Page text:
Sent from my iPhone
Today we woke up to a rain that persisted all day. You don’t see any photos because it was too wet to take the phone/camera out of the inner dry pocket of my rain coat. That is all I will say about the rain because it became something that was just there and was not oppressive. I had read other pilgrim’s writings about how their breakfast consisted of cafe con leche doble and bread. I thought that was a choice they made. When I entered the dining room this morning the table was set with bread, butter, jelly and large bowls. I thought ah, cereal…maybe oatmeal. I watched others with their bowl approach the bar where milk was poured in the bowl. But where were they getting the cereal? I traced the approach to the bar back and saw a woman add coffee to her bowl. Odd. Maybe that’s common in whatever country she’s from. Then I watched others. The bowl was a giant coffee cup (doble) and the milk was…the only source of protein. So I joined the ranks of those who started the day with cafe con leche doble with bread and butter and jelly. The day started going up steeply as I told you it would. Then it leveled off into a gentle up. We had been walking on a paved road so far. About a km from where the Camino left the road there was a truck parked with awning. It was a former pilgrim who would stamp one’s pilgrim passport and had hot coffee and other snack food items for sale. It was a wonderful gift. He warned us that in 5 minutes we needed to turn right off the road. Five minutes later we reached that intersection. It wasn’t that it wasn’t well marked, it was just that it was difficult to see any path there through the grass. But we turned right and an occasional splash of yellow paint on a rock reassured us that we were on the right path. We walked along a path about a foot wide on the side of a hill. On either side of us were meadows with occasional grazing sheep. Eventually the path led down to a wider path that was very well marked and we entered Spain.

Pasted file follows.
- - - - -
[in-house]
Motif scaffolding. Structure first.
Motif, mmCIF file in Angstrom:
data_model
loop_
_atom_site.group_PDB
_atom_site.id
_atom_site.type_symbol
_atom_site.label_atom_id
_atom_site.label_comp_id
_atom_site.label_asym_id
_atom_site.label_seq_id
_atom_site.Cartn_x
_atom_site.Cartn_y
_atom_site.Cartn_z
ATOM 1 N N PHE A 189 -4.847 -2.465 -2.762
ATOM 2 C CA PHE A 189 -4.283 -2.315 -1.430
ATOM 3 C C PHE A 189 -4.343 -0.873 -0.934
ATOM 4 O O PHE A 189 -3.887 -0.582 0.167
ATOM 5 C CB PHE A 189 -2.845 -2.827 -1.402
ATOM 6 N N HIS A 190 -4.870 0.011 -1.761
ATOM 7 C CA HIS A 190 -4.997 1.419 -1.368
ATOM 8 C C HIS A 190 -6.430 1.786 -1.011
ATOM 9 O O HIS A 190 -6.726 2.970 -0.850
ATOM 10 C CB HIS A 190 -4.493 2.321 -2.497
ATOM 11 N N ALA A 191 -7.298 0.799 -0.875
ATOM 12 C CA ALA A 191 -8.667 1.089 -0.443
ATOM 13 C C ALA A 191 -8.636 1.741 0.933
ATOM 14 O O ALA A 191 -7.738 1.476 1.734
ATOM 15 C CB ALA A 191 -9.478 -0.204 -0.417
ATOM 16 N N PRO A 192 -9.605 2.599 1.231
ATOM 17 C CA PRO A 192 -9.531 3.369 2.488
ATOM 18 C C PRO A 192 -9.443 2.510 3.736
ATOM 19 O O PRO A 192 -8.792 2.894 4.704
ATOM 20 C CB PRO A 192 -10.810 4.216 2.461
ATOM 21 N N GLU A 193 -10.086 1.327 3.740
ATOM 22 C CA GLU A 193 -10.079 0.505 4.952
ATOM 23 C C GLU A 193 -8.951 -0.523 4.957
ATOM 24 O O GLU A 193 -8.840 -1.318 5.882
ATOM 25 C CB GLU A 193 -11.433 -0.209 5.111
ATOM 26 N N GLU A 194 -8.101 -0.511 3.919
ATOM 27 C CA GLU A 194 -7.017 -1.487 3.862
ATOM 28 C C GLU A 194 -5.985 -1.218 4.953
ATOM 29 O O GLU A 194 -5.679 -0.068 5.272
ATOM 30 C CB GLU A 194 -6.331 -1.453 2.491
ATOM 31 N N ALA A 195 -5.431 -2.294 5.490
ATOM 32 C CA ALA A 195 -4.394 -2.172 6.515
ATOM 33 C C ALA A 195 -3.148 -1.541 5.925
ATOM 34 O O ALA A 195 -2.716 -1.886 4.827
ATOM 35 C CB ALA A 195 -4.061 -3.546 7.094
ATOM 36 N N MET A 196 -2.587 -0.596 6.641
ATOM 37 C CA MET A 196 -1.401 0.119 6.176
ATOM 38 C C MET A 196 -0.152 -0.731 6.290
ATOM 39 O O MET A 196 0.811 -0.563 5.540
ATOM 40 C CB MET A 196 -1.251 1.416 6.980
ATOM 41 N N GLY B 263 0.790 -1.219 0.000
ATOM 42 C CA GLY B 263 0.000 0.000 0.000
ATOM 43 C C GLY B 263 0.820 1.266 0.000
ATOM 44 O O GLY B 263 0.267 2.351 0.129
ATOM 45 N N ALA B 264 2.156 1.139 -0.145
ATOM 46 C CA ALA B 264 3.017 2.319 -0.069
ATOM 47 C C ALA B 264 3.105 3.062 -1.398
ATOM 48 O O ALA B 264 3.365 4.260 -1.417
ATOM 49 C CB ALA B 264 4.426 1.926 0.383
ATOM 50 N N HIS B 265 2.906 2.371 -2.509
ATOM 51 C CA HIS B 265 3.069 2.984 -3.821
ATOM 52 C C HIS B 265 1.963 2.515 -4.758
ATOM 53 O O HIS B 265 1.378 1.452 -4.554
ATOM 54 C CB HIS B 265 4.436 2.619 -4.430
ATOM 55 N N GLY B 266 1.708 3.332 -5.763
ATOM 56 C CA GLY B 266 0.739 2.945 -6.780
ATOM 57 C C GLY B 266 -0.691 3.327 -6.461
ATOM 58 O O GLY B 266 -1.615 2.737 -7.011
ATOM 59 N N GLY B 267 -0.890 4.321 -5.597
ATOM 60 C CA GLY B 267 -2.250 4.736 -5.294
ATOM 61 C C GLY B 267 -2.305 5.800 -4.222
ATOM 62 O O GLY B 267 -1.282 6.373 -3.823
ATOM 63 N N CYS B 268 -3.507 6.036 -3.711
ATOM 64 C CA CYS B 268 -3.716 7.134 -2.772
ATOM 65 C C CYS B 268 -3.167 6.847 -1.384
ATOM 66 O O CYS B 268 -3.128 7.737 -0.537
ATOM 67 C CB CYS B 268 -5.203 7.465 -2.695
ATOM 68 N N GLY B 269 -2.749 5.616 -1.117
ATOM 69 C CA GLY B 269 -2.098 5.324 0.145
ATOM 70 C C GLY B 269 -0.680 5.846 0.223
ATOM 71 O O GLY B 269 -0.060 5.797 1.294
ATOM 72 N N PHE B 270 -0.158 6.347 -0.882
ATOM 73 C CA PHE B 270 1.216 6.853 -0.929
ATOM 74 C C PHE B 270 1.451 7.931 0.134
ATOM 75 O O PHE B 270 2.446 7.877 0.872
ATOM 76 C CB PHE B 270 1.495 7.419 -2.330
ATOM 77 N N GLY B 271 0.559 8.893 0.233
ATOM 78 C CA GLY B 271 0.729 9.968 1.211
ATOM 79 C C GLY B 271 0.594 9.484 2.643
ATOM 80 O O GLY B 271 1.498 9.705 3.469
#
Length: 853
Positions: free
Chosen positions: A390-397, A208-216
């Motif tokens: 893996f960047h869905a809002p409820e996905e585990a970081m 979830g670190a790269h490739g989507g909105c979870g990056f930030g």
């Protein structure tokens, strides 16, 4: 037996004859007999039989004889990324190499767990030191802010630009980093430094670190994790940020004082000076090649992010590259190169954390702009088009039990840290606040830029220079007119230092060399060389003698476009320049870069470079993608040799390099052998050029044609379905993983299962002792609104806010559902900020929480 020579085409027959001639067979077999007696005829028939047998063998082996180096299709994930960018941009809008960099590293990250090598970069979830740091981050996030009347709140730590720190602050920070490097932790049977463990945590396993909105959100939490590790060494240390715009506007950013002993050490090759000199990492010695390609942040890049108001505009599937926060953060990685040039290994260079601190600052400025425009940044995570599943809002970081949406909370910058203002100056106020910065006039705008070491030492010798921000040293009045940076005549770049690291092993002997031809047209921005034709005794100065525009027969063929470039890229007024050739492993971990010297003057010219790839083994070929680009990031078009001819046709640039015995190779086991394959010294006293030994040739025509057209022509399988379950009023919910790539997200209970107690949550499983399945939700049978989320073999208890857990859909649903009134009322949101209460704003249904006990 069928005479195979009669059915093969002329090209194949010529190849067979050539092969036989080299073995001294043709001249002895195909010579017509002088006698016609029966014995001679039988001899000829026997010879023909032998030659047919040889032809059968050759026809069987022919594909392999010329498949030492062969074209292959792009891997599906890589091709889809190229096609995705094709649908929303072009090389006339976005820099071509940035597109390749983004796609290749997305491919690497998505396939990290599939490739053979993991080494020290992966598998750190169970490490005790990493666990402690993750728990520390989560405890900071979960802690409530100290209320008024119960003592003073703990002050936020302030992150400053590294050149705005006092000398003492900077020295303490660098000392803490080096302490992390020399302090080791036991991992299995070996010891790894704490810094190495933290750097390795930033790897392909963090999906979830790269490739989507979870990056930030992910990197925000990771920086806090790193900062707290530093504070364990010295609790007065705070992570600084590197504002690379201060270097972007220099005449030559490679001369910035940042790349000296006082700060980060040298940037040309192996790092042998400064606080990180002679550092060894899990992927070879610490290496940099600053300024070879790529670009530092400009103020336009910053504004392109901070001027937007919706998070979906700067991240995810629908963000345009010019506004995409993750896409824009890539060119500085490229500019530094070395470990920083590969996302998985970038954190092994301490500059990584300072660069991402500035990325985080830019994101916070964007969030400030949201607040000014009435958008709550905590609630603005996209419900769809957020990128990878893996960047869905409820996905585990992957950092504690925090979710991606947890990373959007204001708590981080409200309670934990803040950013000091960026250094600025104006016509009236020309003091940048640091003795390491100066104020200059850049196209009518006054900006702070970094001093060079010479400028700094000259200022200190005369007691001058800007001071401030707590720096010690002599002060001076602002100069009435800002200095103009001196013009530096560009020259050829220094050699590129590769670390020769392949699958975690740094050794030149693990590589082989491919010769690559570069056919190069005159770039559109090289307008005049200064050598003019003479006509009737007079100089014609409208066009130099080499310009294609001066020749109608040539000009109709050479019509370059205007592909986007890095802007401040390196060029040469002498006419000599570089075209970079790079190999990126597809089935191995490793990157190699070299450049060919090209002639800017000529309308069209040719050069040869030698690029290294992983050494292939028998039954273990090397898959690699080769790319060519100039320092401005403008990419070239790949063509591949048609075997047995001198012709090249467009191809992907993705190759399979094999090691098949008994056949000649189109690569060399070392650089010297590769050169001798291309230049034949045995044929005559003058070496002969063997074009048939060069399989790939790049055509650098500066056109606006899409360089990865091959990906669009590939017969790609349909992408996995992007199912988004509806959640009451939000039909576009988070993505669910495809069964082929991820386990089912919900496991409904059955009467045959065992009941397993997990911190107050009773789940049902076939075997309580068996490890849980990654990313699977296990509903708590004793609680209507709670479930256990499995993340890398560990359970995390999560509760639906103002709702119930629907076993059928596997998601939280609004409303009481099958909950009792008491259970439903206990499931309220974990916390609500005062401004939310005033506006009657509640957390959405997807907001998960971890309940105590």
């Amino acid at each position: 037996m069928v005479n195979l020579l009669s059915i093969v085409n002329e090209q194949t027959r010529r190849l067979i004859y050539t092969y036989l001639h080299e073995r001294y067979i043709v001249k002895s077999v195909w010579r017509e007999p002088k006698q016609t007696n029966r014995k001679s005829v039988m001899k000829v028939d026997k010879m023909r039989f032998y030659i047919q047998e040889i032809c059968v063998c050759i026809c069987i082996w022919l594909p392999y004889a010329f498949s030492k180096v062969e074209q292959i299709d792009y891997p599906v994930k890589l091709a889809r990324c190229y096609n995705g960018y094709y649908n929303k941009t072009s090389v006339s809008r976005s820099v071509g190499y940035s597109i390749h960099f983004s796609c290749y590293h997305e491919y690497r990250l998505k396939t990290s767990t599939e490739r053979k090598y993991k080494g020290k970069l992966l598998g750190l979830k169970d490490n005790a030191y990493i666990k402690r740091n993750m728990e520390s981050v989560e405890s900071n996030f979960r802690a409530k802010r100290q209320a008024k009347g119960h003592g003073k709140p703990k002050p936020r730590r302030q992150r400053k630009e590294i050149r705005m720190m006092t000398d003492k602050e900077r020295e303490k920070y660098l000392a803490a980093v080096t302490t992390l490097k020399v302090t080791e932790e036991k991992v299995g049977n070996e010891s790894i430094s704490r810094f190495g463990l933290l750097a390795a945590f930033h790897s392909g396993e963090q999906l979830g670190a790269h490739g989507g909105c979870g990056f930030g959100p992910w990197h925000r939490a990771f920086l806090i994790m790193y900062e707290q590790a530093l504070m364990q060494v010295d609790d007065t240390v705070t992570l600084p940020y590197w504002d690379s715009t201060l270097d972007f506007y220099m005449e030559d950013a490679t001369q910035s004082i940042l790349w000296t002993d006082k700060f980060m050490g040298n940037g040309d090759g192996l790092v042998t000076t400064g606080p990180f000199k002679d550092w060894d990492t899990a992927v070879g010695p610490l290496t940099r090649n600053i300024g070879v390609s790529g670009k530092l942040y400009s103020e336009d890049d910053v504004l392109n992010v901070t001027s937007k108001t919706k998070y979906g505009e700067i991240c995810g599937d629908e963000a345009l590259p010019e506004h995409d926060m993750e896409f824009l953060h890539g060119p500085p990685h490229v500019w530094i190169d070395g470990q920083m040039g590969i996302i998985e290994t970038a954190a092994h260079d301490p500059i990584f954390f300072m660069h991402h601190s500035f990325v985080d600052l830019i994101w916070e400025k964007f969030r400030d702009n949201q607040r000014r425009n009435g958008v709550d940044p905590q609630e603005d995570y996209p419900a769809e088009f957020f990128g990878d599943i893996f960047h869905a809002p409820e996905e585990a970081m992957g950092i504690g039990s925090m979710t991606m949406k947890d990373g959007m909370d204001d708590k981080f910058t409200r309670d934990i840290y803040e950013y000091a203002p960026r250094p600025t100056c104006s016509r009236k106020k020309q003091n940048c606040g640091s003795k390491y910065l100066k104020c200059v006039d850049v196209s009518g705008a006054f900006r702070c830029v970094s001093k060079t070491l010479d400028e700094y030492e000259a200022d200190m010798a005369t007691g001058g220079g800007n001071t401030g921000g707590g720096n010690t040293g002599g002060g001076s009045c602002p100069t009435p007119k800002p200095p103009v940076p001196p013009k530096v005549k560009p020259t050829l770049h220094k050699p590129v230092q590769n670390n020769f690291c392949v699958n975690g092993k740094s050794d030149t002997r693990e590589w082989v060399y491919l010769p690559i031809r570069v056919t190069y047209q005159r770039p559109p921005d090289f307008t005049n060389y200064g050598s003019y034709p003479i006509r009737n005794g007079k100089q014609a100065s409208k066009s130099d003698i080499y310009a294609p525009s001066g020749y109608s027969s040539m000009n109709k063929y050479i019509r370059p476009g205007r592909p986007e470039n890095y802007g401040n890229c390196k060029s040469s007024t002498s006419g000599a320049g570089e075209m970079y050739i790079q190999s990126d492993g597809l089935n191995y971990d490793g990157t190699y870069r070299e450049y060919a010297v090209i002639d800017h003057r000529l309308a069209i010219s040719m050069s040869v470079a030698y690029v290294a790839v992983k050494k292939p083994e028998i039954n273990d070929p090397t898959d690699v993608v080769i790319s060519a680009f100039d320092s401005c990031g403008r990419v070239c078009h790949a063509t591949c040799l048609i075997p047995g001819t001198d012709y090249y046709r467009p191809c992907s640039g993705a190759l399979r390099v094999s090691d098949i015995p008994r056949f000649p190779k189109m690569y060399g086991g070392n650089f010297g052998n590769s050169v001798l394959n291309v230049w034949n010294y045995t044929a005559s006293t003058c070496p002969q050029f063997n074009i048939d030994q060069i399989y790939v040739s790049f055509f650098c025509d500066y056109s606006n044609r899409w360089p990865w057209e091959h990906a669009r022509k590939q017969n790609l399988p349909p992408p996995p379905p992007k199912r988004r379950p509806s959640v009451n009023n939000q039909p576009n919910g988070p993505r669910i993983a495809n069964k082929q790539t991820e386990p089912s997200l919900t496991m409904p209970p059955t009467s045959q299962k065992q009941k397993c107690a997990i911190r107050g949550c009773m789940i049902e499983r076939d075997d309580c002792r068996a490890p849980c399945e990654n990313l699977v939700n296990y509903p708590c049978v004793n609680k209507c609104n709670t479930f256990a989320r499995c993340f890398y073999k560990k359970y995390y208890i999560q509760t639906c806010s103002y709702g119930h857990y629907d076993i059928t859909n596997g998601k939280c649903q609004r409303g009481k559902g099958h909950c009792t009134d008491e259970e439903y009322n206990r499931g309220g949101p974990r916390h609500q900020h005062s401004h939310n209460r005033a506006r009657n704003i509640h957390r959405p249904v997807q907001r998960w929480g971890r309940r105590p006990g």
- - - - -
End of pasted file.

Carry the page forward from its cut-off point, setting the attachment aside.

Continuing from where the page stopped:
The Spanish Camino had a marker post every 100 meters (with the number to call for emergencies). The route leveled out for quite a stretch which made for good walking. Then we started going down. It surely would be a joy to go down after so much up, right? At first I thought so. Then I was really glad I had walking poles. Then as my legs got rubbery and wobbly I realized that down is not all it’s cracked up to be. Plus it was a little slippery from…moisture. We did make it safely to the monastery at Roncesvalles, checked in, got our sellos, picked out bunks (indoors and dry!) and went to make a reservation for the pilgrim’s meal. After a shower, a cup of coffee and a glass of quite good Basque red house wine I was feeling good. I can’t believe I haven’t talked about food. The pilgrim’s meal last night was a great vegetable soup, roast lamb, white beans in a great sauce (a little pork fat as ham for flavor), with house red wine and bread and gâteau for dessert. It was great and it was easy to overeat. Once again the vistas today were stunning. I has also been amazing learning the stories of those traveling with us. Some of them are truly heroic. When I can get to a full key board instead of my iPhone I will tell some of them. Almost time for dinner then a church service. Tomorrow more down but more gradually. Sent from my iPhone